Our relationships with others are some of the most valuable parts of life. Building relationships with our loved ones as well as coworkers and others in our community is an important piece in personal happiness. The long, white (or gold) scarves called kata are one of the most recognizable symbols of Tibet. Kata are given in both formal and informal situations, presented to clergy in a religious setting as well as given to one’s own family at a birthday party. When a kata is offered in a religious setting, you would offer your kata with your arms outstretched, the fingers and thumbs of your two hands meeting in a show of respect, the kata is draped over your hands or wrists. The monk, nun, or lama would then take the kata, bless it, and return it to you. When giving kata in a more informal situation, the giver drapes the kata the recipient’s neck and verbally wishes the recipient good luck (with a new job, in the new year, etc). Kata are generally kept by the recipient if given by a religious figure, if it was given at a special time, or if it is given by someone who is special to you.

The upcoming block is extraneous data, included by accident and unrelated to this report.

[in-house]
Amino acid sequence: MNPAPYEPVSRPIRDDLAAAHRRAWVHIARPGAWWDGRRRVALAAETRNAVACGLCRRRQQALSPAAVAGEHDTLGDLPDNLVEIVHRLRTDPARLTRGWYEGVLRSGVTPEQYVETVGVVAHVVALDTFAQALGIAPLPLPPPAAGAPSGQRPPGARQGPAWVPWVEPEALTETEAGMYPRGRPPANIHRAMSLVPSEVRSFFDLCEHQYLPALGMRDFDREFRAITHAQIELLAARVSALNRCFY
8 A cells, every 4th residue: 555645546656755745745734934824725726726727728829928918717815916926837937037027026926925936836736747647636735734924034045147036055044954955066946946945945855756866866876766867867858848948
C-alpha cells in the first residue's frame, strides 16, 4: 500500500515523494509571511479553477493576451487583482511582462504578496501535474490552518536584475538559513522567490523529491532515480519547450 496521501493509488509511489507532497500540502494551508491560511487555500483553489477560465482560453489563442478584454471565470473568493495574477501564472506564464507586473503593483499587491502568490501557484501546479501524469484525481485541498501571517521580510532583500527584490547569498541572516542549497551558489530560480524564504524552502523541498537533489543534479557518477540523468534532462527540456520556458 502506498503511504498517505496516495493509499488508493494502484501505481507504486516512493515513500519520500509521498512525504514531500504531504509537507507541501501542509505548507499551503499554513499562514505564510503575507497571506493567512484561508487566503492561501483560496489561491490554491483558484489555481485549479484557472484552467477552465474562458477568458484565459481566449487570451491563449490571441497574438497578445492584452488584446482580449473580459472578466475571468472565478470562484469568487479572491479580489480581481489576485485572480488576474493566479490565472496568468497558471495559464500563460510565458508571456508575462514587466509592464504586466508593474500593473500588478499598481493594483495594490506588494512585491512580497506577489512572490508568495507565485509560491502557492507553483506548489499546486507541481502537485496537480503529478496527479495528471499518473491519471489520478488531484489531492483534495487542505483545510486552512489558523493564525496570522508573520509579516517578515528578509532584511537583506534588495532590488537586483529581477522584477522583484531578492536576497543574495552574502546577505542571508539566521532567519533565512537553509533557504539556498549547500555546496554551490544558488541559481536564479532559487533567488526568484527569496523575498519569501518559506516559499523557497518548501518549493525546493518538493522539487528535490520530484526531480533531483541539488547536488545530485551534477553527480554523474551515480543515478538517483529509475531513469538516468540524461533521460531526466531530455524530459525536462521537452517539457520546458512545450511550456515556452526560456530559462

Kata are given to celebrate a marriage, a new job, a new business, a new home, birthdays, when someone is leaving or returning from a trip, upon the birth of a child, as comfort and respect to someone upon the passing of their loved one. Kata symbolizes the giver’s good wishes for the recipient. Kata are also a symbol of the value you place on the relationship you share with someone. My family keeps a drawer filled with kata to celebrate the good things happening in the lives of friends and acquaintances, as a beginning or end of the year gift for our children’s teachers, and as a way to say hello or goodbye to visitors. Check out the selection of kata at Hands of Tibet and start the New Year off with a new tradition of giving kata!